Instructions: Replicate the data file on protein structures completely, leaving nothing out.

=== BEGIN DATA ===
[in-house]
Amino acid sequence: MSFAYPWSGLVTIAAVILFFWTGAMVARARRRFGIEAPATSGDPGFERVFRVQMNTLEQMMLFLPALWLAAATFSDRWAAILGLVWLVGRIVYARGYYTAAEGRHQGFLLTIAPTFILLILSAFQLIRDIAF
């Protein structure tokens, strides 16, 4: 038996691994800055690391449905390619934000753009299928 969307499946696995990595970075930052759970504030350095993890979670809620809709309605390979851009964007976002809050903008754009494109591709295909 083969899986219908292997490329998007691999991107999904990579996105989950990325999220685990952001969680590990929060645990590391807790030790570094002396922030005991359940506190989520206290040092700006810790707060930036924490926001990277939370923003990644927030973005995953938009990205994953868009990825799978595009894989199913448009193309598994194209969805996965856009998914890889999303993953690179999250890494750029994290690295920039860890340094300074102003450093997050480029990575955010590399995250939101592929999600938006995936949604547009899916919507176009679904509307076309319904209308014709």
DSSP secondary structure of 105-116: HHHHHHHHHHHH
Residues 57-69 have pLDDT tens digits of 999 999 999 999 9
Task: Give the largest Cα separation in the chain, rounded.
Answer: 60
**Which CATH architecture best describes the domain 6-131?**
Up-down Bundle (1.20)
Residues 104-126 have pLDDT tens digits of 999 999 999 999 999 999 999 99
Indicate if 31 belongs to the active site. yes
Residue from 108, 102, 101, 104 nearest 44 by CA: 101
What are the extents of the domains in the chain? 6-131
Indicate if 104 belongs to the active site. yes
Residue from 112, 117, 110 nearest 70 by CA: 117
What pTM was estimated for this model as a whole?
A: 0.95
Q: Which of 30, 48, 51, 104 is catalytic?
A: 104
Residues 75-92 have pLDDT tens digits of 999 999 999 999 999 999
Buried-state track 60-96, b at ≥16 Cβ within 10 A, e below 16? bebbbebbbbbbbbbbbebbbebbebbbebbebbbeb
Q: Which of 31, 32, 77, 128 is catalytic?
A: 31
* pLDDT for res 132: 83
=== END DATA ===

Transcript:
[in-house]
Amino acid sequence: MSFAYPWSGLVTIAAVILFFWTGAMVARARRRFGIEAPATSGDPGFERVFRVQMNTLEQMMLFLPALWLAAATFSDRWAAILGLVWLVGRIVYARGYYTAAEGRHQGFLLTIAPTFILLILSAFQLIRDIAF
């Protein structure tokens, strides 16, 4: 038996691994800055690391449905390619934000753009299928 969307499946696995990595970075930052759970504030350095993890979670809620809709309605390979851009964007976002809050903008754009494109591709295909 083969899986219908292997490329998007691999991107999904990579996105989950990325999220685990952001969680590990929060645990590391807790030790570094002396922030005991359940506190989520206290040092700006810790707060930036924490926001990277939370923003990644927030973005995953938009990205994953868009990825799978595009894989199913448009193309598994194209969805996965856009998914890889999303993953690179999250890494750029994290690295920039860890340094300074102003450093997050480029990575955010590399995250939101592929999600938006995936949604547009899916919507176009679904509307076309319904209308014709």
DSSP secondary structure of 105-116: HHHHHHHHHHHH
Residues 57-69 have pLDDT tens digits of 999 999 999 999 9
Task: Give the largest Cα separation in the chain, rounded.
Answer: 60
**Which CATH architecture best describes the domain 6-131?**
Up-down Bundle (1.20)
Residues 104-126 have pLDDT tens digits of 999 999 999 999 999 999 999 99
Indicate if 31 belongs to the active site. yes
Residue from 108, 102, 101, 104 nearest 44 by CA: 101
What are the extents of the domains in the chain? 6-131
Indicate if 104 belongs to the active site. yes
Residue from 112, 117, 110 nearest 70 by CA: 117
What pTM was estimated for this model as a whole?
A: 0.95
Q: Which of 30, 48, 51, 104 is catalytic?
A: 104
Residues 75-92 have pLDDT tens digits of 999 999 999 999 999 999
Buried-state track 60-96, b at ≥16 Cβ within 10 A, e below 16? bebbbebbbbbbbbbbbebbbebbebbbebbebbbeb
Q: Which of 31, 32, 77, 128 is catalytic?
A: 31
* pLDDT for res 132: 83